Employment Lawyers Can Answer Your Employment Law Questions
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I need the following information before I can answer your question:
Can you please tell me what your legal question is? Is it about how to appeal your unemployment denial?
I'll look forward to hearing from you,
Jane Doe Deer
People are often turned down for unemployment. It sounds to me that if you went through three levels of management, that should be plenty.
When you appeal, make sure that you submit every bit of evidence you have, even if it sounds only slightly helpful/relevant to your position. If the company has a written policy, note that, and explain how you followed the policy. If the company has no written policy, note that instead, but explain how you took all those steps, regardless.
If you think you can prove you were treated differently because of your gender, disability, race, etc., let me know and I'll send you back some information about filing a discrimination complaint.Also, sometimes people obtain attorneys to help with unemployment appeals. It's not needed - I just wanted to mention this.May I be of any further help? I'm standing by.
Yes. You can argue that the initial examiner failed to properly consider all the evidence you provided.
Provide all the evidence you can to the hearings officer (usually an attorney, but not always). If there are bad things, you should provide that too, and explain it. If you don't, your former employer will.
You can't just submit evidence. You need to provide an argument, too. For example, you can say something along the line of the initial reviewer erred in stating you didn't go to enough levels of management, when you clearly demonstrated at the initial stage that you had gone to several levels (and then provide any documentation) you have.Unfortunately, I can't ever predict how a case will turn out. It can be a matter of the luck of the draw of the hearings officer. Do be aware that you can continue to appeal if you don't agree with the results of a hearing.I don't know what you're talking about in regards to "other details," but keep in mind that when you appeal, the employer can come in with whatever evidence it may want to introduce, if it decides to oppose the unemployement - which some employers do. You can always object to the introduction of the evidence.My best,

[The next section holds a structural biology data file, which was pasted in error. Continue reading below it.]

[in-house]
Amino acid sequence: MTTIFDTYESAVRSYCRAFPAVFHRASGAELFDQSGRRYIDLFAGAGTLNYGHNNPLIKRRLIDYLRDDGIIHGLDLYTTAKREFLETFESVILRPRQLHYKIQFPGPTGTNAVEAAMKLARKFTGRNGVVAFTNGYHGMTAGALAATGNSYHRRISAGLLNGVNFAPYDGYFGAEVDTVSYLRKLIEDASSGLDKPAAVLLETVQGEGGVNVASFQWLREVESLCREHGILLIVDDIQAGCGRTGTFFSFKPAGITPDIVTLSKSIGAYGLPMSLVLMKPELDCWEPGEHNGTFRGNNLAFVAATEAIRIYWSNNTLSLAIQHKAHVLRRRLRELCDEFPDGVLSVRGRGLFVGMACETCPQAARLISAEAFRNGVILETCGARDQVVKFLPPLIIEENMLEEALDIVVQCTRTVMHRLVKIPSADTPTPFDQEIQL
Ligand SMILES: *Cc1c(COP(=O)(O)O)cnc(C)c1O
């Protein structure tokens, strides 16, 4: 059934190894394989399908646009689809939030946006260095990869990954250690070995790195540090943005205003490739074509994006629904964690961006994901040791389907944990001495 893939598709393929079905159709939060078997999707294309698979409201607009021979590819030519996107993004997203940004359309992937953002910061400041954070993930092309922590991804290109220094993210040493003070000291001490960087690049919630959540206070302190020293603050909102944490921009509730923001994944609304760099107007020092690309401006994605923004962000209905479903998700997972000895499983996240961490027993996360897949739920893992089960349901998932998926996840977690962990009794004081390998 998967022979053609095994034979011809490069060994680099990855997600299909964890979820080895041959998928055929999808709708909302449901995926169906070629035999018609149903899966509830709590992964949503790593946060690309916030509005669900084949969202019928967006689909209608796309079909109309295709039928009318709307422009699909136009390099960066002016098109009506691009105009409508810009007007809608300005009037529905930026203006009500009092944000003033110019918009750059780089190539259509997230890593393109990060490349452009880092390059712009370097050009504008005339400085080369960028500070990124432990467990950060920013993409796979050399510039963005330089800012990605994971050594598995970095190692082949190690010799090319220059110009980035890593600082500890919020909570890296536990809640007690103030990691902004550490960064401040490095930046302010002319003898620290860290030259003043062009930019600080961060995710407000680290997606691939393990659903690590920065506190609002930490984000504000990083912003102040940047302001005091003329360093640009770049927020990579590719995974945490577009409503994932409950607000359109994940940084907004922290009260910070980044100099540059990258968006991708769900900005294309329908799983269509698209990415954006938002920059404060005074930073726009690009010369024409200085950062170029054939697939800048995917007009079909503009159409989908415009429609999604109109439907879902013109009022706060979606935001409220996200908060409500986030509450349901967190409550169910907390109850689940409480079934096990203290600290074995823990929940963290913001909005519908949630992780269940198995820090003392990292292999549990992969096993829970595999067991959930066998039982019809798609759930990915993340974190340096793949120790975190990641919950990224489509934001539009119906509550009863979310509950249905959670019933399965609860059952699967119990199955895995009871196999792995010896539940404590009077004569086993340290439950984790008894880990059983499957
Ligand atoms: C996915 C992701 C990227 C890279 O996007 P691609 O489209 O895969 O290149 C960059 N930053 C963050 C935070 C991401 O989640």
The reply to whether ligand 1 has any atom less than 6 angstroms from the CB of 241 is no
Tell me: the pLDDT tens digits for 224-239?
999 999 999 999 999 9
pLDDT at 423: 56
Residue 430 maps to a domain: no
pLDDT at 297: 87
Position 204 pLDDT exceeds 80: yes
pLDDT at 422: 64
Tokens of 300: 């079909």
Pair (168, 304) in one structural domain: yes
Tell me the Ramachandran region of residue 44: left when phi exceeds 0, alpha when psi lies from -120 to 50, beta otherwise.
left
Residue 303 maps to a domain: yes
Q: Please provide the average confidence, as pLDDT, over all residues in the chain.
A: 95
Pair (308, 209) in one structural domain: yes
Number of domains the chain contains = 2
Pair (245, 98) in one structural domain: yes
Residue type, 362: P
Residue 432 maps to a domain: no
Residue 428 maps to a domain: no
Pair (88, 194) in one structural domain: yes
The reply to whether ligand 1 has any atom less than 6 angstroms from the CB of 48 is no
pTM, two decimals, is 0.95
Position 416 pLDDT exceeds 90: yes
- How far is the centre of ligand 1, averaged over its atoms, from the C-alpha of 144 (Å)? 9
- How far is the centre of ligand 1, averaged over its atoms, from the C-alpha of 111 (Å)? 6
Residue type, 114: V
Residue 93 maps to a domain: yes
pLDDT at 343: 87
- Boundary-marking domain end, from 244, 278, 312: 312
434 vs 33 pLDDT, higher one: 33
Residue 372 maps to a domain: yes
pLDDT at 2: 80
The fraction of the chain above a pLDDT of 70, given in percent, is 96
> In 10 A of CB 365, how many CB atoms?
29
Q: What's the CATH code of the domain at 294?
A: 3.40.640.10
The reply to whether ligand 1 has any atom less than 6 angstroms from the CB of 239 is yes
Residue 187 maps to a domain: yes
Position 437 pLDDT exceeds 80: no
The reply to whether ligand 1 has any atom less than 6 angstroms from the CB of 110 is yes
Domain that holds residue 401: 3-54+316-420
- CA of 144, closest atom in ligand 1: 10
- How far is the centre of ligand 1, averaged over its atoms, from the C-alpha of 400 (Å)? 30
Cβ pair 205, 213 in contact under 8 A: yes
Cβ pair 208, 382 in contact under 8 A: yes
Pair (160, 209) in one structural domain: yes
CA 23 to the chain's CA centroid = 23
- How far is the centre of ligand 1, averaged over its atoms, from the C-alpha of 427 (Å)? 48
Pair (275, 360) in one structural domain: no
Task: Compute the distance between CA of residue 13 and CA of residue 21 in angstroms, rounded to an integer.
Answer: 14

No one has to submit anything you haven't asked for. You can ask for what you want. If they refuse to provide something, you can submit a motion to the judge asking for an order to order them to provide evidence you've requested.Some of the evidence may be redacted, to protect the privacy of other employees. Sometimes, you have to fight over what is redacted or not.To "redact" something is to remove information - usually, what is done is to black out parts of documents with private information.
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